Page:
Once more, we must note that the US government is uniquely placed to undertake such emergency action without regard for any outside considerations. If no genuine investor will buy its bonds, then – underpinned by the Fed – the banks can always be made to fill up any gap and, in the last resort, the Fed itself can directly issue currency against government IOUs.
Bear in mind that the US has no foreign constraints about which to worry directly. If private agents abroad seek to lessen their exposure to the effects of this dilution, by selling their own holdings of dollars, the US authorities would welcome the resulting change in foreign exchange parities as a ‘stimulus’ to their export industry.
Because the dollar is the world’s main reserve currency and its primary medium of exchange – with even countries such as Japan and China, with their huge bilateral trade volumes, transacting much of their commerce via the USD – it will be a long while before we reach such a pass that the US cannot issue paper to secure its needs on international markets.
Moreover, since the other central banks are prey to the very same Mercantilist fallacies (i.e. they confuse mere money with genuine wealth), they stand all too ready to swamp their private citizens’ distrust of the dollar with profuse emissions of their own currency – as has happened on an unparalleled scale in the past nine months or so.
Accordingly, the US usually relies on the fact that the overuse of its own printing press can induce others – by dint of the fact of the dollar’s pivotal role in the world monetary order – to prostitute their own virtue and to run their own presses just as rapidly, in turn.
Thus, the US may, to a cynic, appear to have a set of fundamentals more characteristic of the Latin, rather than the Northern, half of America, but the status of the dollar still insulates it from the habitual fate of those using the peso, the real, or the bolivar, in any of their many incarnations.
All of this means that the idea of a fire sale of assets driving up the absolute value of the dollar (rather than just the implied discount rate, or yield, on the assets being liquidated) is hard to accept. More forcefully, the notion that the dollar will take a dramatic and prolonged turn higher seems a strange one, to my eyes.
Perhaps, as in 1997-8, if the crisis first breaks out abroad – such as in China, for example – a temporary flight back to the Greenback might unfold.
Perhaps, even if the trouble were to start at home, US traders and investors, struggling to offset their losses, might sell their foreign holdings first, willy-nilly: that, too, we have seen before – in fact, there is some evidence that this dynamic is at play, even as I write.
But, we must not lose sight of the fact that – in ultimo – the US is perhaps the greatest external debtor in history and so, to put it simply, the rest of us have more of theirs to sell than they have of ours!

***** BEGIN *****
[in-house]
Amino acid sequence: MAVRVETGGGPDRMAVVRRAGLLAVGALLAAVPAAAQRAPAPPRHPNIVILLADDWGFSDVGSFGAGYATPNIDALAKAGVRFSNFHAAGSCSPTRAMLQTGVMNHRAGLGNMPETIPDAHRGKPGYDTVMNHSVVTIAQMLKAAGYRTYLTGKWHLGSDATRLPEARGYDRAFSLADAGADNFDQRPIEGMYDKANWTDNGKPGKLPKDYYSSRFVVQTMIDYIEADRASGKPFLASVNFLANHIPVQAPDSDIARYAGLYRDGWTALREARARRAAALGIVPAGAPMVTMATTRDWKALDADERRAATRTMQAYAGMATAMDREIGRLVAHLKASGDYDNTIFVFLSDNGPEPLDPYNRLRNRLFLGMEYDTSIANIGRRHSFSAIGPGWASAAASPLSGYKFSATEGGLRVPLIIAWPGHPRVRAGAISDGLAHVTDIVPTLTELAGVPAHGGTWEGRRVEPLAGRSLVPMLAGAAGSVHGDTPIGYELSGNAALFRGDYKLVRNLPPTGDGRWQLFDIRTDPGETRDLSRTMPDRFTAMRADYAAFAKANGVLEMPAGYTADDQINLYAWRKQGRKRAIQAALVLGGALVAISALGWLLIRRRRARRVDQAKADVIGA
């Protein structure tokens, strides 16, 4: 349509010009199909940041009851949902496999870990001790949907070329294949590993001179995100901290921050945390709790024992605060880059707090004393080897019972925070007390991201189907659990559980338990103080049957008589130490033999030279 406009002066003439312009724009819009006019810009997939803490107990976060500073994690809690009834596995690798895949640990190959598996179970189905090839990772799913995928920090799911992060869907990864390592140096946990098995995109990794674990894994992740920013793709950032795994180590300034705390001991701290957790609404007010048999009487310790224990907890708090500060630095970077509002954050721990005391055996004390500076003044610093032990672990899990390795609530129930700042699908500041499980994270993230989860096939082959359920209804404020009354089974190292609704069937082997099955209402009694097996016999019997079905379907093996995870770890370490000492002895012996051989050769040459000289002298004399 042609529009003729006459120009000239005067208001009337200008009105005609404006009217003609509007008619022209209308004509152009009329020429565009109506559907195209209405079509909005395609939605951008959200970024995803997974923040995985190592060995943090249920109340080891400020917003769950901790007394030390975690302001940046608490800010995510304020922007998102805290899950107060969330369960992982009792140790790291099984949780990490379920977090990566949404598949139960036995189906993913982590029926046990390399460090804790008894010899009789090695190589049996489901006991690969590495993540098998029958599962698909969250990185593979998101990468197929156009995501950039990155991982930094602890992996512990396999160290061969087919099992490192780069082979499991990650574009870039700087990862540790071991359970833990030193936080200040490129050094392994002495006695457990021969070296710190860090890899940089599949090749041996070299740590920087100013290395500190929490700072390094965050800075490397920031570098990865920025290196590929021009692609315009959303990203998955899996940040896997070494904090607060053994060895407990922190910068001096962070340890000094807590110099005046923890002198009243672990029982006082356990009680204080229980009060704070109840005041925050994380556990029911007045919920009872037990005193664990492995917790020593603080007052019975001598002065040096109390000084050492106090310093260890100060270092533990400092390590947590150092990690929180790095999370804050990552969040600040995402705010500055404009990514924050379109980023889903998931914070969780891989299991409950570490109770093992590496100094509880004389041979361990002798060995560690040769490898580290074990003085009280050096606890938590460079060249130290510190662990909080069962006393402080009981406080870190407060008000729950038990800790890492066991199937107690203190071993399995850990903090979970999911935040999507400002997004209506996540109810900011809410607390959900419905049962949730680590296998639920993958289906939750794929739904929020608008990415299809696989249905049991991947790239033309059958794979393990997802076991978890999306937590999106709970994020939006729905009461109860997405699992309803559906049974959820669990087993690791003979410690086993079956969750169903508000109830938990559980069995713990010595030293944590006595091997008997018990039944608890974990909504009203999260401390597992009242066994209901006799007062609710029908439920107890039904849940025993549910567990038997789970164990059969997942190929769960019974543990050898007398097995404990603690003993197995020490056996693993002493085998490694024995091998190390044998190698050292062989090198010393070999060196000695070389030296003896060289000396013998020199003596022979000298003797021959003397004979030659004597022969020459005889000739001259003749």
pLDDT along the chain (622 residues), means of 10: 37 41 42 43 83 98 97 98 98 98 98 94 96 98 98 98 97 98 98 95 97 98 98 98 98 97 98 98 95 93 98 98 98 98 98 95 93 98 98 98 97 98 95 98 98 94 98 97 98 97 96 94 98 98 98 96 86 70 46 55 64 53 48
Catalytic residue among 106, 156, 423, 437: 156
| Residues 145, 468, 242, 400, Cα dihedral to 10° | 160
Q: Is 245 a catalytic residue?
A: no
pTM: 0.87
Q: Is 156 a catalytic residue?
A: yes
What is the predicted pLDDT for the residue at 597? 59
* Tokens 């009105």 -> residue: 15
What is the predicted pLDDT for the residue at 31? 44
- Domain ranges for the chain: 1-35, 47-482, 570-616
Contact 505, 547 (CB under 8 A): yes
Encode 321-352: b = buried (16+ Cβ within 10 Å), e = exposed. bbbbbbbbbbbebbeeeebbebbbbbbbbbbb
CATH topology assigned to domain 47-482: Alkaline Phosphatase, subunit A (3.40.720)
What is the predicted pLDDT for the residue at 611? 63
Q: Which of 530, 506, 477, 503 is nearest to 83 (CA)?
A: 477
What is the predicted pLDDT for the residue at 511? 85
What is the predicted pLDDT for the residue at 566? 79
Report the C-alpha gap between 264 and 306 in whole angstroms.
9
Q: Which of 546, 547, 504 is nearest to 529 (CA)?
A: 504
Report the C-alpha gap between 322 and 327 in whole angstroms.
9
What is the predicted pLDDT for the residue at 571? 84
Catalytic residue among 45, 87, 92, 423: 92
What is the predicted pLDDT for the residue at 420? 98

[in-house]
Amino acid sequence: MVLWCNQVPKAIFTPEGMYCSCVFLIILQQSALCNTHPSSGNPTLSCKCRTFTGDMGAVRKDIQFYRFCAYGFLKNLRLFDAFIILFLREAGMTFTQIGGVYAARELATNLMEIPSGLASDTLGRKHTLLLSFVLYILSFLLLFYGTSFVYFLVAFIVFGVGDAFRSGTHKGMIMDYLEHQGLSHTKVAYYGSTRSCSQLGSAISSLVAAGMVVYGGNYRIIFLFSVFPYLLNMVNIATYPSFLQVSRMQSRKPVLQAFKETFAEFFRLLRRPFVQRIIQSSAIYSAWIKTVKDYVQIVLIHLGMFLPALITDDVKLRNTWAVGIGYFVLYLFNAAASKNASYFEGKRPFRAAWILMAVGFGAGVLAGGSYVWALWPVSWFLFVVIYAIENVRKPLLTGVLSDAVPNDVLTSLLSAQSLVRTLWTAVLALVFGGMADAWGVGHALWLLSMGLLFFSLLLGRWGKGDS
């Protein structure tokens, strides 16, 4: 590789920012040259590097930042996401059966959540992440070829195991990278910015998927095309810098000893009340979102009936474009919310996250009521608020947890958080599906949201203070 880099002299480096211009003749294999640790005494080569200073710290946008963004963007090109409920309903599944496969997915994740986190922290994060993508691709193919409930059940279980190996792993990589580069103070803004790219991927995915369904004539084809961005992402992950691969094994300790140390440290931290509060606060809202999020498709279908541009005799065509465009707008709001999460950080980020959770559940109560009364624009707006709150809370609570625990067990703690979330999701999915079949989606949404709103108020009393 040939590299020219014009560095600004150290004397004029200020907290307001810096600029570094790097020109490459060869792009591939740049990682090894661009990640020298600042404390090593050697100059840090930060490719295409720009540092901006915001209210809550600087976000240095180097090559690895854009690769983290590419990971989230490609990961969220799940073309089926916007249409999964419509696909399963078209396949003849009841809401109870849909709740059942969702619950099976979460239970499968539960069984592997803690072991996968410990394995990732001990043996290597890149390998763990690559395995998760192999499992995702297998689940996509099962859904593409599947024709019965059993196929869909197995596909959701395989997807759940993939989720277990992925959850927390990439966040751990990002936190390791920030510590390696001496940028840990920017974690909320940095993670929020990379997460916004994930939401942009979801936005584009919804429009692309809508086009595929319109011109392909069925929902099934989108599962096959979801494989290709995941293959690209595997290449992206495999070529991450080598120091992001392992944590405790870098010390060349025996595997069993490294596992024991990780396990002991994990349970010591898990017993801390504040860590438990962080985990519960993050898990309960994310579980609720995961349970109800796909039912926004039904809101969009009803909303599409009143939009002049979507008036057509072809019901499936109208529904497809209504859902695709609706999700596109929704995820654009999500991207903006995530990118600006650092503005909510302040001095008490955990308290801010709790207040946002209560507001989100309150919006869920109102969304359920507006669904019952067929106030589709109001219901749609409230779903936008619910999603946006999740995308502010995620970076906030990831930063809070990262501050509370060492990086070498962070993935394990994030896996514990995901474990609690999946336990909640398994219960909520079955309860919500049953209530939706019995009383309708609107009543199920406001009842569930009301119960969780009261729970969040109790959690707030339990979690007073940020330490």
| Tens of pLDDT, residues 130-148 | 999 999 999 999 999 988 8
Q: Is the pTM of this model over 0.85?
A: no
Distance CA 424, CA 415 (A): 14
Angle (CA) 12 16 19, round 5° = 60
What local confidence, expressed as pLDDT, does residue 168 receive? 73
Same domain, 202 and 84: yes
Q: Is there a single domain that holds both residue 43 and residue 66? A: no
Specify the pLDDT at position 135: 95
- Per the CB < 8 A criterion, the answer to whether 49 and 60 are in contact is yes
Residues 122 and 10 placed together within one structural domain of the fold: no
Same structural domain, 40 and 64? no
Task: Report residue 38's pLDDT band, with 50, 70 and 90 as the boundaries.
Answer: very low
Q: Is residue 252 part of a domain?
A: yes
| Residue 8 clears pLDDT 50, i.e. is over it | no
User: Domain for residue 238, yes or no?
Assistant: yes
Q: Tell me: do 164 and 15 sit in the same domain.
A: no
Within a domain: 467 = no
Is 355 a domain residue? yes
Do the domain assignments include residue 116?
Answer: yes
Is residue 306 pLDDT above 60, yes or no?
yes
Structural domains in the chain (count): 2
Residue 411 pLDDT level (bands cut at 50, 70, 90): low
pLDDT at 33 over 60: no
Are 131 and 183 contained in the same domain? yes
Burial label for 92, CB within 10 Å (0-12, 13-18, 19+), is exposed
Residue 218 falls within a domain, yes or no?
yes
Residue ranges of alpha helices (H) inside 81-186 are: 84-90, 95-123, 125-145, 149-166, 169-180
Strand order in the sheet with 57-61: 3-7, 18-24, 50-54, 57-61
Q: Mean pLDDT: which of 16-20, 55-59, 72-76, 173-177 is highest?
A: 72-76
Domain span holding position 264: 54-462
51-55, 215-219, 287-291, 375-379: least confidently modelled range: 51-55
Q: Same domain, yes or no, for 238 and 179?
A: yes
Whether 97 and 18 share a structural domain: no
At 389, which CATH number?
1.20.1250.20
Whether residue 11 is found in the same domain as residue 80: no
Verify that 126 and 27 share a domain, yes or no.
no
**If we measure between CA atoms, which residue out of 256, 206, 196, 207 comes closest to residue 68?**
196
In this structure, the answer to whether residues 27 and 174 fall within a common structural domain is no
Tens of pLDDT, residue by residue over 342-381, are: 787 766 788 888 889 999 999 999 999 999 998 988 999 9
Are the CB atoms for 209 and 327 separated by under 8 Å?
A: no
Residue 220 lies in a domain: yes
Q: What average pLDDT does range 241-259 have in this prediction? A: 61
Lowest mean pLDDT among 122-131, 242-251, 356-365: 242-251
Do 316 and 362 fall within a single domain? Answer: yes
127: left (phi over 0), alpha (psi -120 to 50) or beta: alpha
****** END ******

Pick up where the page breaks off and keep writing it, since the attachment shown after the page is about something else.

It is hard to imagine then, that any such generalized retreat to home base would not leave the US Dollar worse off than before, even without taking into account the ramifications of the monetary and fiscal steps outlined above, all of which would shortly act greatly to increase the supply of such dollars to be had.
If, by this, I have begun to convince you of the further unlikelihood of a sustained deflation developing, this does leave one further possibility – namely that a sudden rupture occurs, much like the LTCM panic of October 1998 (though possibly incomparably larger given how rapid has been the advance in financial speculation, much of it hidden from outside eyes in arcane over-the-counter derivative instruments and so-called ‘structured obligations’ in the intervening, inflationary years).
Here, we could indeed suffer a temporary seizure as all manner of toxic waste – much of it hidden away from investors’ scrutiny in arcane off-balance sheet instruments and in obscure ‘special purpose entities’, much of its inherent risks little understood by those who have contracted to run them – is suddenly revealed as the danger to both liquidity and solvency that it has proved to be so many times in the recent past.
The banking settlements system might freeze and asset prices would undoubtedly plunge, but, again, there is no limit to the countervailing monetary actions which could be undertaken in such circumstances (you should be aware that these have not only been rehearsed at official financial ‘war games’, but indeed, some of them, in the aftermath of the Twin Towers attack, put into practice).
Thus, I would contend that while it is possible that the complexities of the intertwining of today’s overlarge financial architecture could contain all sorts of triggers and trip wires, or that unforeseen disasters and unintended consequences would abound, it is hard to see how the authorities around the world – acting in concert, but led by the Fed – would fail to find a vessel into which to pour all the new money needed to keep the system afloat thereafter.
Certainly, some prices would thereby decline; some firms would go under; some banks would close their doors: but we can assuredly predict that the new money created as a countermeasure would end up boosting prices elsewhere and probably, on the aggregate, by more.
To see an instance of this, just look at the equities to housing switch, or at the marked private to public sector drift of the past three to four years, as the partial repair of the damage wrought upon corporate balance sheets in the late-90s has been effected at the cost of the ruin of their governmental and household equivalents.
Of course, amid any such upheavals, we would undeniably be materially poorer – capital would turn out to have been misallocated, the wrong skills acquired; business plans and personal ambition, both, would be thrown into disarray – but – monetarily – it is incomparably more likely that we will find our decreased prosperity takes the form of too much, rather than too little, money chasing what goods and services are out there for sale.
Wheelbarrows and war finance are the main dangers to capital that lie ahead, not specie shortage and soup kitchens – not at first, at any rate.